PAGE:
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Wednesday, June 18, 2008


deflation now increasingly likely in the united states

i earlier passed on the analysis of the bank of england through the telegraph, noting that the collapse of monetary aggregates in the UK were demonstrating accelerating deflationary credit destruction.

"The money supply is plummeting. This is potentially serious," he said.

... The Bank of England says the overall M4 figure - growing at 11.1pc - is distorted by strains in the interbank markets. Once this effect is stripped out, the M4 growth rate is down 16pc a year ago to 4.5pc in the first quarter.

put that side by side with the reportage of marketwatch's irwin kellner:

From a compound annual rate of more than 16% between the middle of January and the middle of March, M2's growth rate in the past two months has slowed to a little over 1%, according to the Federal Reserve Bank of St. Louis.

The growth rate of highly liquid funds, which the St. Louis Fed calls MZM (money of zero maturity) has skidded even more, from an annual rate of 34% to only 6.5% at last count.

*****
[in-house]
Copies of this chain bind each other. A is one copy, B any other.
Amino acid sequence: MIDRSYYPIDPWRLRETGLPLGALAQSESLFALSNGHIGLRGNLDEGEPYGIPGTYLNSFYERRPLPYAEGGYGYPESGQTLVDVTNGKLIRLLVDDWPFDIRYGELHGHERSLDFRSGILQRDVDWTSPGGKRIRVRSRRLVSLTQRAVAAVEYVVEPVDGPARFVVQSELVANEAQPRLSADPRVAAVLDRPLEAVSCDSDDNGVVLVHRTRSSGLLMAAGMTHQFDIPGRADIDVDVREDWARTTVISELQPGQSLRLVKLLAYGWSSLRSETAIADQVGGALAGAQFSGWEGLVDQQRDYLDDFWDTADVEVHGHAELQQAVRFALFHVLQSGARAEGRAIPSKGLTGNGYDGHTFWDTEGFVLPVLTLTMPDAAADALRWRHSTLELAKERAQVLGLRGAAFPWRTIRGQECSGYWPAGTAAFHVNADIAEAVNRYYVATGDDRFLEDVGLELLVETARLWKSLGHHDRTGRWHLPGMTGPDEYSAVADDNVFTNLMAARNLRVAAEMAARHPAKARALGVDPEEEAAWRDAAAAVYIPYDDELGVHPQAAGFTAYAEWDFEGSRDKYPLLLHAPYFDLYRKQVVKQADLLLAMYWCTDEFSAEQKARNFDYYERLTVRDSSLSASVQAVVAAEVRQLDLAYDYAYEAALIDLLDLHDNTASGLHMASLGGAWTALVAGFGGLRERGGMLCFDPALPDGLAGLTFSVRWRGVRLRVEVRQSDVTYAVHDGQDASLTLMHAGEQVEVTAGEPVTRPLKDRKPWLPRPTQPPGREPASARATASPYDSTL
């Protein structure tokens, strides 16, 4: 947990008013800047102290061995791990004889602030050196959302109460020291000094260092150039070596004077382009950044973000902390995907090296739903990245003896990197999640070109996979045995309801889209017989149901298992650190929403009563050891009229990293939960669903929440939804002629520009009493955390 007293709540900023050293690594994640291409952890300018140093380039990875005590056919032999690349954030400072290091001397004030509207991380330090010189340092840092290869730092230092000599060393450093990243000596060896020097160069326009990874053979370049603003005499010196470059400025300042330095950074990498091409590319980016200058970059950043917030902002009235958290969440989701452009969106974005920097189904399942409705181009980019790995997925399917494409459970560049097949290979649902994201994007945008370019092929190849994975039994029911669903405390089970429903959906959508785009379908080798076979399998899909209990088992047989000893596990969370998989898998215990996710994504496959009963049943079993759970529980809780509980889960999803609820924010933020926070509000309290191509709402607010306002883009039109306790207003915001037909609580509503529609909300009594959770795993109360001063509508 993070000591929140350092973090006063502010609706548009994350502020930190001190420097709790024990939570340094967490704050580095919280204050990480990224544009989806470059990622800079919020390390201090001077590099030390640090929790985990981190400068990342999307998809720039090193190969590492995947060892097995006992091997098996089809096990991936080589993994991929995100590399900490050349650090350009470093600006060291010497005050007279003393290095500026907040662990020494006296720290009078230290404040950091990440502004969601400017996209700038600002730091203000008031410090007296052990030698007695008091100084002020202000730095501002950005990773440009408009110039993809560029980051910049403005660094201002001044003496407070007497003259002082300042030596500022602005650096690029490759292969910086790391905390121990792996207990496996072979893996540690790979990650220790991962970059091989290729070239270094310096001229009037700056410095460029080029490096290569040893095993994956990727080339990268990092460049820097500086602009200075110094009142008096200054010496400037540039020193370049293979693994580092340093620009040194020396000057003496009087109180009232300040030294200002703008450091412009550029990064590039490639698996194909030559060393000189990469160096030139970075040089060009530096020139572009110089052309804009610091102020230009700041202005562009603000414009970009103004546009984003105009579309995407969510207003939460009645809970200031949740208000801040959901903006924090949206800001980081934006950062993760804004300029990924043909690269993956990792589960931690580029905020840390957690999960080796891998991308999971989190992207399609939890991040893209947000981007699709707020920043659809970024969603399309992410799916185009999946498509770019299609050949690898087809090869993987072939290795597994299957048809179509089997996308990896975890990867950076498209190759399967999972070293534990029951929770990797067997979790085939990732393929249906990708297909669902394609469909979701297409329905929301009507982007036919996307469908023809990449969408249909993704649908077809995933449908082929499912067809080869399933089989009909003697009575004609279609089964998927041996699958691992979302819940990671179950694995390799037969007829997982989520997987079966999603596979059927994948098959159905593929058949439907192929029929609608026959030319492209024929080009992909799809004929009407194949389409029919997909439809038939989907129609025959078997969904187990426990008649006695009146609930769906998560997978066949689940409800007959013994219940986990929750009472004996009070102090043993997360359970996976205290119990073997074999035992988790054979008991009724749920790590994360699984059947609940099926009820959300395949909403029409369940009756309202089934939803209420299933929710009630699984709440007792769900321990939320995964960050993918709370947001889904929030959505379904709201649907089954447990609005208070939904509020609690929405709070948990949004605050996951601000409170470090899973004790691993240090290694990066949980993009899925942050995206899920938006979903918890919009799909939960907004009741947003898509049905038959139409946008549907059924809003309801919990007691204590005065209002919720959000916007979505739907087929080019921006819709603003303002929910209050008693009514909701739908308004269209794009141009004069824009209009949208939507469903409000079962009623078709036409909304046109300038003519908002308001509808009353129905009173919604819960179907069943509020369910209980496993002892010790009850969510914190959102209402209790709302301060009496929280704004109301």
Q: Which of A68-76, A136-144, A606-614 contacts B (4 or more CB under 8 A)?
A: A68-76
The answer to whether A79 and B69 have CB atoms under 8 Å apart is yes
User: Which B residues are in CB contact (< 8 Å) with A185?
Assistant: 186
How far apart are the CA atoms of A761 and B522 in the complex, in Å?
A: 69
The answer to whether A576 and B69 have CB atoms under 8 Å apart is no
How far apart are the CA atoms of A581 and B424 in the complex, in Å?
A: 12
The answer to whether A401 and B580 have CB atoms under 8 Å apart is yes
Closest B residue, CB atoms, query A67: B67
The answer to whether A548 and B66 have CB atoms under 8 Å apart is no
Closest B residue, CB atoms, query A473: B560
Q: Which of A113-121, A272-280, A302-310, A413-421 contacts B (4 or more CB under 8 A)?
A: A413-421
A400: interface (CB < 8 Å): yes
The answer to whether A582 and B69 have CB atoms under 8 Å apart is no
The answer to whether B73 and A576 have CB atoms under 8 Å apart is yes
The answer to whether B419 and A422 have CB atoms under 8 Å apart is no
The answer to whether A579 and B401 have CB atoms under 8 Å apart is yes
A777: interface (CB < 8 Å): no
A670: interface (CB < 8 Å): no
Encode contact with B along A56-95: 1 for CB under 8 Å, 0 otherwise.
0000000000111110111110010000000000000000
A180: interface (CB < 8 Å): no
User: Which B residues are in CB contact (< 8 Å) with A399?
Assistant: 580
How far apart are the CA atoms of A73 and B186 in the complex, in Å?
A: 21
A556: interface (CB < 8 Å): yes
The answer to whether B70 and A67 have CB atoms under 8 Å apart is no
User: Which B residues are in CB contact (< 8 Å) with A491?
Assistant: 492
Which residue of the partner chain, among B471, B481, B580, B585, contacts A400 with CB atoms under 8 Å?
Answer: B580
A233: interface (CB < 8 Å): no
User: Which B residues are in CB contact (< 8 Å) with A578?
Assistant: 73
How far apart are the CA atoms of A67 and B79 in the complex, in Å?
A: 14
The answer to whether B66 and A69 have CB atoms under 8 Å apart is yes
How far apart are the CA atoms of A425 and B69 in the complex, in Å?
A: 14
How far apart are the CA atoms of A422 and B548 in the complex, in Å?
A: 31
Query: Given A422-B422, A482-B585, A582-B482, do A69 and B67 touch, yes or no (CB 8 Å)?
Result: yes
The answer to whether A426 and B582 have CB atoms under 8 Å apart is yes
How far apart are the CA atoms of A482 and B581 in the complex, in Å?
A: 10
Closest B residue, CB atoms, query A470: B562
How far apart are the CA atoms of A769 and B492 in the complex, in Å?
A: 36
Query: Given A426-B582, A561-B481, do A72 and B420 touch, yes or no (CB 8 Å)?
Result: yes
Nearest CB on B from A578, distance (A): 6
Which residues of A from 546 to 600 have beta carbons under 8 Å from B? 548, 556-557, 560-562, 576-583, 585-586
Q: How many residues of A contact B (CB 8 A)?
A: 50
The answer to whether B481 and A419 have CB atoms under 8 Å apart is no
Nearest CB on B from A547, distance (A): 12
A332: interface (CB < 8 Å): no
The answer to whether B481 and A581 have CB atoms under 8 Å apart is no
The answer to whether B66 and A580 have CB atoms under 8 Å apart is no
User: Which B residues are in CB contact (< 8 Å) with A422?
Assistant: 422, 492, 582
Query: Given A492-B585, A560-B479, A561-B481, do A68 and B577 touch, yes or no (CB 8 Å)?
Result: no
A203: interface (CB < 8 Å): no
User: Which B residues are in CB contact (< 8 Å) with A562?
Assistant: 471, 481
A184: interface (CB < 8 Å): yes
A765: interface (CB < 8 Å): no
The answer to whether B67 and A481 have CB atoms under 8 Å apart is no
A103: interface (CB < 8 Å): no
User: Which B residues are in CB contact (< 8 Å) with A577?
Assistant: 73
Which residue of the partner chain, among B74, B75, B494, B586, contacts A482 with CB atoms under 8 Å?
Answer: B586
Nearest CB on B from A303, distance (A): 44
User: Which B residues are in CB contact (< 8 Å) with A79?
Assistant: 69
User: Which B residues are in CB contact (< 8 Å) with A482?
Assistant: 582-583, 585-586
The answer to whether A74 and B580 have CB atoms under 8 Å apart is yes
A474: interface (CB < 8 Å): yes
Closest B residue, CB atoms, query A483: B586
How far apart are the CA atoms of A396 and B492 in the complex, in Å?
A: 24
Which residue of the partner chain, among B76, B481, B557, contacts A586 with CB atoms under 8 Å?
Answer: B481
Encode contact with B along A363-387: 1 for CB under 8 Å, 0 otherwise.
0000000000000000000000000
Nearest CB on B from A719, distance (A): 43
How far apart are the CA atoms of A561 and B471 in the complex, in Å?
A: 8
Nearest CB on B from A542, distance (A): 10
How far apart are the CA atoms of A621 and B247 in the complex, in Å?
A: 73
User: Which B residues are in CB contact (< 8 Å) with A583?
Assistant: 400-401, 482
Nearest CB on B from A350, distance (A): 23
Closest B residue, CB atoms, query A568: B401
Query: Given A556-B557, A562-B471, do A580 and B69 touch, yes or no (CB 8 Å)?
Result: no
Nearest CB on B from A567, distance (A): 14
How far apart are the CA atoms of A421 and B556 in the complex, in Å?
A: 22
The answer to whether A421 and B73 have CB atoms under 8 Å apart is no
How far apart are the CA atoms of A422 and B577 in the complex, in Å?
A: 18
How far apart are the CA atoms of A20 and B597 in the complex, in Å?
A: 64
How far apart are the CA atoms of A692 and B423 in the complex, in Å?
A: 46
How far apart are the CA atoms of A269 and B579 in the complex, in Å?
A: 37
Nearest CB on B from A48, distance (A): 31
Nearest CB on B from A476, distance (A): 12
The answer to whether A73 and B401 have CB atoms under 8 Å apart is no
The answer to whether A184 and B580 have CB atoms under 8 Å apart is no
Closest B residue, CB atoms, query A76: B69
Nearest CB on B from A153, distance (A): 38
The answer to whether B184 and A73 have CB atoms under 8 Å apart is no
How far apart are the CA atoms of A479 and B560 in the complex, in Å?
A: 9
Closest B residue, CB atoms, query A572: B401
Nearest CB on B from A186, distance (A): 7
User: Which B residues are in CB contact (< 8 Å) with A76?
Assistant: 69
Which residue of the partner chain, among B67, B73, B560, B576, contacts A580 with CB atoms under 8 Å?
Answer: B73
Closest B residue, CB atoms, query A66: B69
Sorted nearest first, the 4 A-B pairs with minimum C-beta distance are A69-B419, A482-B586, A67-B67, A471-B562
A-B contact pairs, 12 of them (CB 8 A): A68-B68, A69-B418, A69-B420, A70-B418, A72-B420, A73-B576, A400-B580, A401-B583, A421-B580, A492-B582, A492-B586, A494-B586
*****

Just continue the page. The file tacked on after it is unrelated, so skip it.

Further up the line, growth of the monetary base, reflecting the Fed's own balance sheet, has slowed from 7.4% to only 1.1%. Meanwhile, the St. Louis Fed's measure of bank reserves is actually lower today than it was in June 2007.

this stuff gets reported here. m2 has been conspicuously flat since february. bank credit (page 17) peaked in march as well at $9.55tn and has fallen through may 28 to $9.38tn. notably, commercial and industrial loans -- an oncoming source of tremendous concern for regional and community banks -- is still growing.

both credit demand and credit supply are fading fast, with banks facing the gradual closing of capital markets to further capital raises.

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